BOSTON – RODE Architects announced the promotion of Amanda Sanders to Associate. With 18 years of industry experience focusing on historic preservation, adaptive reuse, and institutional projects within the higher education field, Sanders has been instrumental to the firm’s success with her contributions to design excellence, and also as a mentor in the studio.
By elevating Sanders to an Associate, the firm is recognizing her exhibited leadership in the studio and on project work. She will continue to lead the Sustainability Committee, ensuring that all of the firm’s projects and internal operations meet established goals. Sustainability has always been core tenant of the firm, and Sanders recently led the firmwide initiative of signing on to the AIA 2030 Commitment.
Since joining RODE in 2021, Sanders has worked on notable projects at RODE Architects, including 1515 Commonwealth Avenue, RODE’s largest project to date; two adaptive reuse mill projects in New Hampshire; and projects for Harvard University and the Harvard Arboretum.
“We’re excited to announce the promotion of Amanda Sanders, who has quickly made an impact at RODE, exhibiting what great leadership is by sharing her passion for sustainability and creating strategic goals for our team,” said Kevin Deabler, AIA, LEED AP, Principal & Co-Founder of RODE Architects. “We are excited to continue our growth and Amanda will help us tackle complex projects in our city and beyond.”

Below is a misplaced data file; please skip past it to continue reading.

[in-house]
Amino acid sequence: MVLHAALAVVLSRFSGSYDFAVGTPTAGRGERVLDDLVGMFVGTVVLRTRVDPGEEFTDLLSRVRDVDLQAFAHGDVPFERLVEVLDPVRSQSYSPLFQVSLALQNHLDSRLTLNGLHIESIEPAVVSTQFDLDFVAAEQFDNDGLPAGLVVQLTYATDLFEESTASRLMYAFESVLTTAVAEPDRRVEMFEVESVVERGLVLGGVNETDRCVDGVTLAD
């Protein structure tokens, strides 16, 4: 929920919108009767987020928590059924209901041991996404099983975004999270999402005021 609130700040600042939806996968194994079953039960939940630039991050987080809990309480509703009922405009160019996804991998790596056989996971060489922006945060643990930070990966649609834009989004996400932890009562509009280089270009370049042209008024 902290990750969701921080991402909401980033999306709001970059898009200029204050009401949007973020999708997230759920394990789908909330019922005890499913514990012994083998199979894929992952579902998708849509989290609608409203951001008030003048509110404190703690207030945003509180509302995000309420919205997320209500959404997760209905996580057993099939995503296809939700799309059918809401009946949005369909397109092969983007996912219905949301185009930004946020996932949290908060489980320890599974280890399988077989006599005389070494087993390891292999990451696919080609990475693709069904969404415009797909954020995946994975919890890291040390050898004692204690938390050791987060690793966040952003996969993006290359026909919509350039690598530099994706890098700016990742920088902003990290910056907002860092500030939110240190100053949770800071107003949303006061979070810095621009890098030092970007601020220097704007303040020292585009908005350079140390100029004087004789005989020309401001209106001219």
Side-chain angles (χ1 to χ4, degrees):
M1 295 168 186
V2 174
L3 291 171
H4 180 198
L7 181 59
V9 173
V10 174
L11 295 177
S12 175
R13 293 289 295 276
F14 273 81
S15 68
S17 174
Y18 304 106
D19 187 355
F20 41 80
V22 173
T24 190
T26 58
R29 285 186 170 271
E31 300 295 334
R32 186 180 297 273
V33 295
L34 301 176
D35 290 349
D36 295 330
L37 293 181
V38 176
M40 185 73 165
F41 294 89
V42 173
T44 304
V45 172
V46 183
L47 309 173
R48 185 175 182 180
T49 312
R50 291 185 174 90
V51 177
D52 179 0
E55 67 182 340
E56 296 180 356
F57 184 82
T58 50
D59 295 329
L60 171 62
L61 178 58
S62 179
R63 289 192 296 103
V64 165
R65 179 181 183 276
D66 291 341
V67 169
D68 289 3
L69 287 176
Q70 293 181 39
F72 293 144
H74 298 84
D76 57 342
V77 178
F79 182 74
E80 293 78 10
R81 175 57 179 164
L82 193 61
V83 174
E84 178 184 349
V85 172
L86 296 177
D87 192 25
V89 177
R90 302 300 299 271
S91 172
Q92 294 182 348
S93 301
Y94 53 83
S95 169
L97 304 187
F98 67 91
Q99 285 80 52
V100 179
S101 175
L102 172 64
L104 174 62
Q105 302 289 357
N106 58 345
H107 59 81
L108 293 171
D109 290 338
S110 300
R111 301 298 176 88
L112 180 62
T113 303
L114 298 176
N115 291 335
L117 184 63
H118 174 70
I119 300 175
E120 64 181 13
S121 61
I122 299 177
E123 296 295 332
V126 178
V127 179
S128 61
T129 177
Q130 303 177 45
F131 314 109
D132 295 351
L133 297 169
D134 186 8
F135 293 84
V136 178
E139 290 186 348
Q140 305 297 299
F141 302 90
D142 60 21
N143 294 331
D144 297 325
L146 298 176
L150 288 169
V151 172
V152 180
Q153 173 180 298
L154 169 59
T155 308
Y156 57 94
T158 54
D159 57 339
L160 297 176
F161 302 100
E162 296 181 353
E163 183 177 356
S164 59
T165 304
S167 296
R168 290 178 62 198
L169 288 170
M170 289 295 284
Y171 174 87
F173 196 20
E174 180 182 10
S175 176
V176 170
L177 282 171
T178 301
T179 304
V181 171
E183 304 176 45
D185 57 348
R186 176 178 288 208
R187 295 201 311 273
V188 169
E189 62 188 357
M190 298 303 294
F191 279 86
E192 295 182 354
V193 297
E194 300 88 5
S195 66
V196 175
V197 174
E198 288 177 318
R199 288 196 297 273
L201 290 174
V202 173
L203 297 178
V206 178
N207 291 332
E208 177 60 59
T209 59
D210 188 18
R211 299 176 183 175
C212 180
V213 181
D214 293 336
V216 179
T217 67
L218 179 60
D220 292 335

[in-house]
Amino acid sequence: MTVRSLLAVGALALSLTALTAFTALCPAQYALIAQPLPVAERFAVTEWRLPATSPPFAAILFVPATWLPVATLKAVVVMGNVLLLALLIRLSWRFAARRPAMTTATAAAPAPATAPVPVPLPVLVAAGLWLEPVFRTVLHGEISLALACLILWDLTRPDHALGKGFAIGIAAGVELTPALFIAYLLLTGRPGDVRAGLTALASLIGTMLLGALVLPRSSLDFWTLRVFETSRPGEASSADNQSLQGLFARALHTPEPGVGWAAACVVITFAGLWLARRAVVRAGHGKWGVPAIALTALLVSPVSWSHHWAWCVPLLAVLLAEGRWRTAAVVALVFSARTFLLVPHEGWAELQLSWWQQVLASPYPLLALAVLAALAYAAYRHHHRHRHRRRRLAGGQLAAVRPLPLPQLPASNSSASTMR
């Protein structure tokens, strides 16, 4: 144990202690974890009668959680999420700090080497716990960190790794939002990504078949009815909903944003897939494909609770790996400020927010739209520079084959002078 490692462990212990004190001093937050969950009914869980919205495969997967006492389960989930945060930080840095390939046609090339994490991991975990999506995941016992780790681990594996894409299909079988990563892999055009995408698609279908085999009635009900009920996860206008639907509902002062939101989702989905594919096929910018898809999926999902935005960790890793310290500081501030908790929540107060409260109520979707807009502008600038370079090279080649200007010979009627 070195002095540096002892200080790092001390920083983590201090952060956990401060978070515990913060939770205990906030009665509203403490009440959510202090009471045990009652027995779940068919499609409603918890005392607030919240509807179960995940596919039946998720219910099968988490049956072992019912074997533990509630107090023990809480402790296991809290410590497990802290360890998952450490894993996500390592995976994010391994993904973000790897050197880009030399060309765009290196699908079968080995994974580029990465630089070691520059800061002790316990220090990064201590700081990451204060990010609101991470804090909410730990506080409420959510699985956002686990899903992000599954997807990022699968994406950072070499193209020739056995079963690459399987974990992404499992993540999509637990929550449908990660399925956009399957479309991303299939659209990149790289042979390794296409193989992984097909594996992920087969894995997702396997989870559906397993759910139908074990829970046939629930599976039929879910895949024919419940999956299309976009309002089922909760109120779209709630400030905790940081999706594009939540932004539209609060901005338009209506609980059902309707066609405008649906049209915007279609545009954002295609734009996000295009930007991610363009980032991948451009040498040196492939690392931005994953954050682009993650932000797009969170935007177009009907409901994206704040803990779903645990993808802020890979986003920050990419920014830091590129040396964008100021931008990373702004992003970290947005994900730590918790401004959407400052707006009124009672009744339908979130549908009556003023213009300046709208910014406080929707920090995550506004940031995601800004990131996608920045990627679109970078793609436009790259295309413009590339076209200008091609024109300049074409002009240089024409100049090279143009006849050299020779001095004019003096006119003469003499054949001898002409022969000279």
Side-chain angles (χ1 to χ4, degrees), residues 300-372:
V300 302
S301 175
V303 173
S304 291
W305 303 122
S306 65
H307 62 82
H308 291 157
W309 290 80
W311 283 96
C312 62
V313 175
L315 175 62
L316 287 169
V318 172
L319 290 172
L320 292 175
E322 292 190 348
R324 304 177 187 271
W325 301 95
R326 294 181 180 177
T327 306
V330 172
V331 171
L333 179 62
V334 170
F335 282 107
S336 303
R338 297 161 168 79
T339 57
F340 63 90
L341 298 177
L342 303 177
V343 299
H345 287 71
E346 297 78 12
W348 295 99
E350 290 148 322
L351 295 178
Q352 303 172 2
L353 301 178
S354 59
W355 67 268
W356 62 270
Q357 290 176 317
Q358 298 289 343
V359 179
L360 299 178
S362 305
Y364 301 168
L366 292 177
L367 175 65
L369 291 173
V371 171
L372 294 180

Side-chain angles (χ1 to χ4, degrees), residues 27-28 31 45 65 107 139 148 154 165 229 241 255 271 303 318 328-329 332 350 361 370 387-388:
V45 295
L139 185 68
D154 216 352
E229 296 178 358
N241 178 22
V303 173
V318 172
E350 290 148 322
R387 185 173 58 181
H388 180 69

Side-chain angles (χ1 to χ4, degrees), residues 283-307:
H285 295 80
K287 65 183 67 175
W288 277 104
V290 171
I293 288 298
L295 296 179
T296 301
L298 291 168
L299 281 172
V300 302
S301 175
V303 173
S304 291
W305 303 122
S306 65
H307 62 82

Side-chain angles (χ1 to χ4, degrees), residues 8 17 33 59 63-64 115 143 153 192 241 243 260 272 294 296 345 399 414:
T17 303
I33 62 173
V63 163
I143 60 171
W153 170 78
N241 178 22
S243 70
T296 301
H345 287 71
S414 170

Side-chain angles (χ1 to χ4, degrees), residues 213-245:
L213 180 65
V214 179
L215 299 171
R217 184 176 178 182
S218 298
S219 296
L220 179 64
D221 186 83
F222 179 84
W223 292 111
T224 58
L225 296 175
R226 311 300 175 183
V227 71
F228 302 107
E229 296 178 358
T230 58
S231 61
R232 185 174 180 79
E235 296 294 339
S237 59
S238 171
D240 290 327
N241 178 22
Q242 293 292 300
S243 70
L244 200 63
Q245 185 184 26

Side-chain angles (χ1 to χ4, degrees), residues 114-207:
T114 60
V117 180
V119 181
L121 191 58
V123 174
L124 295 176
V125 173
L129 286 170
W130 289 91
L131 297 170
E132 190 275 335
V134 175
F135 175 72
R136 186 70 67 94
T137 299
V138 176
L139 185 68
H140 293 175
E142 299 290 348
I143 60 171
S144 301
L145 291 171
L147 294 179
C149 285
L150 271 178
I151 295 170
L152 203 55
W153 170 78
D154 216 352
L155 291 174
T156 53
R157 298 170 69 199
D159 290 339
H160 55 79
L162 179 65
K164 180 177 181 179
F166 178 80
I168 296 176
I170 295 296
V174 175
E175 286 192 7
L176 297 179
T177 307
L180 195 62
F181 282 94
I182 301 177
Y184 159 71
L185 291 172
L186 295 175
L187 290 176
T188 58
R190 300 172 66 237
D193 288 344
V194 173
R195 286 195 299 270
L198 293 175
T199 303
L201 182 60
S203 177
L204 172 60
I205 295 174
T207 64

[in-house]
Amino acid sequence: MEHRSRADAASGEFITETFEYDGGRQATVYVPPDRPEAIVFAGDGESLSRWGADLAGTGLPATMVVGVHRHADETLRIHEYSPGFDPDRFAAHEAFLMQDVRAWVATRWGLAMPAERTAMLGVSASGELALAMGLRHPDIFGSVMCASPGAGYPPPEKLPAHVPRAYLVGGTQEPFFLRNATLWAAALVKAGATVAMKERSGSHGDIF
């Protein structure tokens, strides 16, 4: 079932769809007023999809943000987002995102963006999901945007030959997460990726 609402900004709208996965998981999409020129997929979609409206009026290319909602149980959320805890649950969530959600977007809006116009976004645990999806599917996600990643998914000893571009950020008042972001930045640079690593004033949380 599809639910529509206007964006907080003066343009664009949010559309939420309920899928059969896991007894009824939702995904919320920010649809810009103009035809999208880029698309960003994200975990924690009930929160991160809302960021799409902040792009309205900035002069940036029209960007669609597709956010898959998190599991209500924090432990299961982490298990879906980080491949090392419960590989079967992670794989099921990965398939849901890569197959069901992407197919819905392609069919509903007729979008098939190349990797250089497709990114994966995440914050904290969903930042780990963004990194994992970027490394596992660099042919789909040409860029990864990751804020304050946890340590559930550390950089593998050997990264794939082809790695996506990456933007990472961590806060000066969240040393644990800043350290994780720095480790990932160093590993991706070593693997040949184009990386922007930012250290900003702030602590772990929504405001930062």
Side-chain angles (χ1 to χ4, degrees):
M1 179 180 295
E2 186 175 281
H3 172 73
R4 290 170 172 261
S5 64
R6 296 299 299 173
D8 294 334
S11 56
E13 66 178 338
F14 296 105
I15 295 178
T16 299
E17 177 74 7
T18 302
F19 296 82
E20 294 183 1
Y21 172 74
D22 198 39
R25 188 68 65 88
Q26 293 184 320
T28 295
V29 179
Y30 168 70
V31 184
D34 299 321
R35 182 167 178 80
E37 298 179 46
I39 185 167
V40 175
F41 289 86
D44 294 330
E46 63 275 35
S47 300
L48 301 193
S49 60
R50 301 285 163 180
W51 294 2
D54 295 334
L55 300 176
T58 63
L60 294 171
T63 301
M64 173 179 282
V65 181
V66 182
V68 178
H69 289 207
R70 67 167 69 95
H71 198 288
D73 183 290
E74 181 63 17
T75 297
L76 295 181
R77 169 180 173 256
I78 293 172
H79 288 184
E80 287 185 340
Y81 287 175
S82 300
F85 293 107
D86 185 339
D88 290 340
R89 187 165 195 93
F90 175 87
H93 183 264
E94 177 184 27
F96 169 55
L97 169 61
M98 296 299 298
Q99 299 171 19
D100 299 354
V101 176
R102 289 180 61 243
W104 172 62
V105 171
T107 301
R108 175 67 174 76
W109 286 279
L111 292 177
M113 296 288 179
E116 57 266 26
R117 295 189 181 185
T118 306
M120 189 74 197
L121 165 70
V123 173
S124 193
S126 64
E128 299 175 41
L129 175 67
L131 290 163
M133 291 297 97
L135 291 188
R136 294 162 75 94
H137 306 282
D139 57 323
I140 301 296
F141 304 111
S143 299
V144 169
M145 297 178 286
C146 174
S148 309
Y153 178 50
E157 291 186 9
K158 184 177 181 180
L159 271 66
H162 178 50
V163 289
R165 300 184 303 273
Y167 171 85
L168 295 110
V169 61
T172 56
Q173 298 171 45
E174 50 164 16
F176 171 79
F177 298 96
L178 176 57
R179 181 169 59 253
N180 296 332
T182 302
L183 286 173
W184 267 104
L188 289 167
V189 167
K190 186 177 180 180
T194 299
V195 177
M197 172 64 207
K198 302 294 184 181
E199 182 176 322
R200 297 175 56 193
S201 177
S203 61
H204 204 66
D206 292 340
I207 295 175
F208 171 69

Originally from Iowa, Sanders studied at Iowa State University, where she obtained her Bachelor of Architecture degree. Prior to joining RODE, she was a Senior Associate at Goody Clancy, where she worked as part of the preservation practice group and served on the sustainability committee. Sanders is a member of the Boston Preservation Alliance, where she is an active participant on the Advocacy Committee and Awards Committee, and the Association of Preservation Technology Northeast Chapter. She has worked on several significant historic restoration projects including Boston Symphony Hall, University of Virginia’s Academical Village (a UNESCO World Heritage Site), and Jose Lluis Sert’s New House on MIT’s campus.